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Congress appears more likely than at any point in the last decade to pass legislation furtherregulating the collection and use of consumer data on the Internet as well as on otherinteractive media, such as mobile phones and cable television. While such data can significantly
improve the relevancy of advertising to consumers’ interests, advocates of data regula
argue that such data collection and use violates users’ privacy. Moreover, some critics argue
that targeted advertising is inherently invasive or manipulative. Unfortunately, as politicalsupport grows in Washington for
baseline federal privacy regulation,
what leading onlineadvertising analyst David Hallerman has called a
[c]oncurrent economic,societal and technological trends
threatens to ravage advertising and ad-supported media.
Inshort, regulation may restrict the evolution of online advertising at a crucial time in itsdevelopment, stymieing the transition of traditional media to the digital age and the growth of new online content and services.The importance of Internet advertising goes far beyond corporate bottom lines. Whileadvertising is itself an important channel for non-commercial speech, it has also long been the
of media in America, funding the speech of others since the birth of ad-supported newspapers in the colonial era.
Like print, radio and television ads, Internetadvertising supports a wide array of online media, but unlike traditional media the Internetallows anyone who can set up a website to earn ad revenue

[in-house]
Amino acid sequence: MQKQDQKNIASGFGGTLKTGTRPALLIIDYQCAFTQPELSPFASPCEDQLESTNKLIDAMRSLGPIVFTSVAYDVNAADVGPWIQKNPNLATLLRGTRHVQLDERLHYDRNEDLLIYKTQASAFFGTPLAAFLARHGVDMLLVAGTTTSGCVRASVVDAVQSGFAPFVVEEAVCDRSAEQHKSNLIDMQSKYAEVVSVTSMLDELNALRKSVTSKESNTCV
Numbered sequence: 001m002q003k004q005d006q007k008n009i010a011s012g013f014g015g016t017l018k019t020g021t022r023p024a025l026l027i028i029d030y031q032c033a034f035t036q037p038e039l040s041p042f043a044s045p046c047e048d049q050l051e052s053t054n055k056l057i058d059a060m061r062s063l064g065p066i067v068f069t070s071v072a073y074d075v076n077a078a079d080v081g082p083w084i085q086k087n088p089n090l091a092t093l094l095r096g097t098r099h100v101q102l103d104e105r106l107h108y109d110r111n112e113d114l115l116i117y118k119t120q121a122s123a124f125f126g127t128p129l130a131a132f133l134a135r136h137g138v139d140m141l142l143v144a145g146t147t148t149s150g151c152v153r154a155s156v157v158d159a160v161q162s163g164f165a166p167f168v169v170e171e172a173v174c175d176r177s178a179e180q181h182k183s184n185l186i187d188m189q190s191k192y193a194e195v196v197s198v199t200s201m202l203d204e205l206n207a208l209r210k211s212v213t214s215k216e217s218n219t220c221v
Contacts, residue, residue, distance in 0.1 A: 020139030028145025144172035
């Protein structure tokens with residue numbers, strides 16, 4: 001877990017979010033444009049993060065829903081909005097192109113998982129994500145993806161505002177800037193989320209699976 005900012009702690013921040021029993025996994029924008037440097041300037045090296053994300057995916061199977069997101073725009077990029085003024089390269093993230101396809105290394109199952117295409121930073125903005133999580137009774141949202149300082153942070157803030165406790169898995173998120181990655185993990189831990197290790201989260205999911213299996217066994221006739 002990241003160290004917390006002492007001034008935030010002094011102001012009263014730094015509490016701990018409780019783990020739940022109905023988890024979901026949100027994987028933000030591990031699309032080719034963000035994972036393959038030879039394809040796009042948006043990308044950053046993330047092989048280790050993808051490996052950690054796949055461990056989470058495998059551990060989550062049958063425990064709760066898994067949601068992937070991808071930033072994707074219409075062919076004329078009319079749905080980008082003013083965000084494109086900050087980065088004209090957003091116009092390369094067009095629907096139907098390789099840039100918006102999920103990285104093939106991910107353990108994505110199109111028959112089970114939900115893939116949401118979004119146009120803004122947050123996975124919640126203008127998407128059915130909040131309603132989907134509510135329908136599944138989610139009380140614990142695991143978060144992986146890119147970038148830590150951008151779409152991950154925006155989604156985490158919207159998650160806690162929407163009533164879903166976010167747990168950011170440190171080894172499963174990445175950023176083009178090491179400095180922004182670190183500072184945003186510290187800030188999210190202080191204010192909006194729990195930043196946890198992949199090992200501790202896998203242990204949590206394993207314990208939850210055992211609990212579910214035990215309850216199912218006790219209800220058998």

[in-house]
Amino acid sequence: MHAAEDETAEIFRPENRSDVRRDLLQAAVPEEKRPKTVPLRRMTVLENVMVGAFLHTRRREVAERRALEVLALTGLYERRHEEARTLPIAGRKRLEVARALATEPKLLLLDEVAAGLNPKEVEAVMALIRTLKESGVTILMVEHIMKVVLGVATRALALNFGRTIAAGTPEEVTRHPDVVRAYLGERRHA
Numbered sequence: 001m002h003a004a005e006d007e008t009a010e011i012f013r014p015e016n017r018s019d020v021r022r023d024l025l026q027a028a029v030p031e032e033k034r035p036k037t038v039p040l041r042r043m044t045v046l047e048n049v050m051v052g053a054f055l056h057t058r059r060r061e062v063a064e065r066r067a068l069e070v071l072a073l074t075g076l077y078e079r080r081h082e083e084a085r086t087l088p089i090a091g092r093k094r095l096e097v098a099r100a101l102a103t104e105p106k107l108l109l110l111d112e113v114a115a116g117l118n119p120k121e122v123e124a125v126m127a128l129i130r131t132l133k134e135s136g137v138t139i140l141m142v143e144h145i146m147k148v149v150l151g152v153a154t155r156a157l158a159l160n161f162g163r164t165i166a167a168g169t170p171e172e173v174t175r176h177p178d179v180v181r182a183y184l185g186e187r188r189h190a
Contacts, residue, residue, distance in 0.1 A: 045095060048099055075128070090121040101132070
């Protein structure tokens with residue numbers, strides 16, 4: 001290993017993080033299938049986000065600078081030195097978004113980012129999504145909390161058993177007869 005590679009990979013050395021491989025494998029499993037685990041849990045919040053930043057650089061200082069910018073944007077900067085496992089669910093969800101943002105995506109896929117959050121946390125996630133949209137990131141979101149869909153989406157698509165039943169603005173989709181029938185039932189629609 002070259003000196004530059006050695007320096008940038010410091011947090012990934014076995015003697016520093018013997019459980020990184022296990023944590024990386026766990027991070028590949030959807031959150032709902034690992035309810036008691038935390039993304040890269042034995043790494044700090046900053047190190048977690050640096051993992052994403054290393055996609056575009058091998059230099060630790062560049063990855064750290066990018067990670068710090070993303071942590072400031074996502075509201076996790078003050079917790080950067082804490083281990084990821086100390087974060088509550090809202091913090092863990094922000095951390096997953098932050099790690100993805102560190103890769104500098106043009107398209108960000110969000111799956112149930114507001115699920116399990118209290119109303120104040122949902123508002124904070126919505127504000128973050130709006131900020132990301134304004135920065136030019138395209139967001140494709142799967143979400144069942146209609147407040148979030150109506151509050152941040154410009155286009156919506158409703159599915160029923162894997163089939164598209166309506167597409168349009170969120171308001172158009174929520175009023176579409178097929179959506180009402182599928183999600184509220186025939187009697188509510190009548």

if they can draw traffic. Thus,advertising supports not only traditional content publishers, but also a staggering
of millions of publishers of niche and minority-oriented text, audio and video content, and a widevariety of Internet services, including software that was traditionally sold at high prices.
Hallerman notes that total U.S. advertising revenue declined 0.7% in 2007 and 3.6% in 2008
the first recorded two year decline in the U.S. since tracking began in 1940. He predicts thatoverall ad spending will fall another 8.2% in 2009 and 3.0% in 2010, while growing only 0.4% in2011, 1% in 2012, and 0.6% in 2013
a total drop of 12.4% by 2013.
In the first half of 2009,
1. For a discussion of the criticism of targeted advertising,
Berin Szoka & Adam Thierer, TheProgress & Freedom Foundation,
Targeted Online Advertising: What’s the Harm & Where Are We Heading?
Online Advertising & User Privacy: Principles to Guidethe Debate
US Advertising Spending: The New Reality
Now You See 'Em...
, SmartMoney.com, June 15, 2000,
The Long Tail:
Why the Future of Business is Selling Less of More
(Hyperion2006); Chris Anderson,
The Long Tail